Later, in the Near East, (the area between the Tigris and the
Euphrates Rivers), the Sumerian, Akkadian, and Babylonian kingdoms
flourished. Materials used for sculpture during this time included
basalt, diorite (a type of dark, coarse-grained stone), sandstone,
and alabaster. Copper, gold, silver, shells, and a variety of precious
stones were used for high quality sculpture and inlays. Clay was
used for pottery and terra cotta sculpture. Stone was generally
rare and had to be imported from other locations.
Sculptures from the Sumerian and Akkadian period generally had
large, staring eyes, and long beards on the men. Votive stone sculptures
of this type from 2700 BC were discovered at Tell Asmar. Many masterpieces
have also been found at the Royal Cemetery at Ur (2650 BC). Among
them are a wooden harp with gold and mosaic inlay with a black-bearded
golden bull's head.
Sculpture in Babylonian Times
The history of the Babylonian period is considered to begin with
the reign of Hammurabi, in 1750 BC. Hammurabi was famous for
his code of law. A bearded head, made of diorite, is believed
to represent Hammurabi. The head has the wide open eyes, typical
of the time period.
Also well-known is the lamassu, a human-headed winged lion from
883-859 BC. A unique feature of this piece is that it is carved
with five legs, so that it can have four legs visible if viewed
from the side. The piece was excavated at Nimrud (in northern Mesopotamia),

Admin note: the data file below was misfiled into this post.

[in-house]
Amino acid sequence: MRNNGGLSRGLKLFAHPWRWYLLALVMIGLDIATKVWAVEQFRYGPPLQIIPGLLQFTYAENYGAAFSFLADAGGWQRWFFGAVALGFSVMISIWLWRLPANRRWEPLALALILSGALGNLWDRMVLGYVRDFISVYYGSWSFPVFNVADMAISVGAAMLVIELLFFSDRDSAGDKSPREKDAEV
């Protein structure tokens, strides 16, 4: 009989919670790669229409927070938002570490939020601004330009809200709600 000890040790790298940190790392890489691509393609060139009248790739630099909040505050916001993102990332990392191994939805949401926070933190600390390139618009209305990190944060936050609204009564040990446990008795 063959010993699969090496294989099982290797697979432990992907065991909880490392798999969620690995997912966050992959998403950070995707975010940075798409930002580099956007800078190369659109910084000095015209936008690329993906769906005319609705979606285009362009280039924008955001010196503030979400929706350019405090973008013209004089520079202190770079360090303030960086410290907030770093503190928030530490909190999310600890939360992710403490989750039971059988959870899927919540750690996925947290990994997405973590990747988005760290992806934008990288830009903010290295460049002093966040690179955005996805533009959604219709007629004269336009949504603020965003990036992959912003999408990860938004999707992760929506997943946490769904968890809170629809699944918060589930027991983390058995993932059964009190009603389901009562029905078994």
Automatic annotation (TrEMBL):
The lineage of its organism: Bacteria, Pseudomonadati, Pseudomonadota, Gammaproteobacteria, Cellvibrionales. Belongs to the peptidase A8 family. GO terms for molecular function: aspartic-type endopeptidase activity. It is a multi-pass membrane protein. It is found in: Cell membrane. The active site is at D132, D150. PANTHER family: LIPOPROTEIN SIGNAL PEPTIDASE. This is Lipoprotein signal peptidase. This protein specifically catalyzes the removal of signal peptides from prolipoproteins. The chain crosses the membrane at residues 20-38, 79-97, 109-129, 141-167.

and was donated to the New York Metropolitan Museum of Art by John
D. Rockefeller, Jr. in 1932.
Sculpture in Ancient Egypt
One of the earliest examples of Egyptian sculpture is the Palette
of King Narmer, from 3100 BC. The palette, which was used for
mixing eye make-up, was carved in relief, and portrayed the victory
of Upper Egypt over Lower Egypt.
The Sphinxes are another form of Egyptian sculpture. The Sphinxes
were statues of deities with the body of a lion and the head of
an animal or a man, often made to look like the Pharaoh. The most
famous is the Great Sphinx of Giza, located near the pyramids.
It is about 60 feet high and 240 feet long, and was built in 2500
Another example of Egyptian sculpture are the statues of the Pharaoh
Akhenaton and his Queen, Nefertiti (1350 BC). The statues are carved
from limestone and are painted. There is also a very famous statue
of Nefertiti from the same time period.
These are only a few of the many sculptures produced in ancient
Egypt. Many sculptures can now be seen at the Egyptian Museum in
Aegean civilization covers the time period of 3000-1200 BC, during
the Bronze Age, in the area of the Aegean Sea. The Aegean civilization
can be broken down into three main divisions, the Cycladic, the
Minoan and the Mycenaean.
The Cycladic culture developed on the Cycladic Islands, a group
of islands in the Aegean Sea, southeast of Athens. Cycladic culture
developed pottery, often decorated with rectangular, circular,
or spiral designs. They also produced silver jewelry. Characteristic
of their sculpture are marble sculptures of the human figure ranging
from a few inches in size to life-size. The figures are usually
nude females with their arms crossed over their abdomen. Other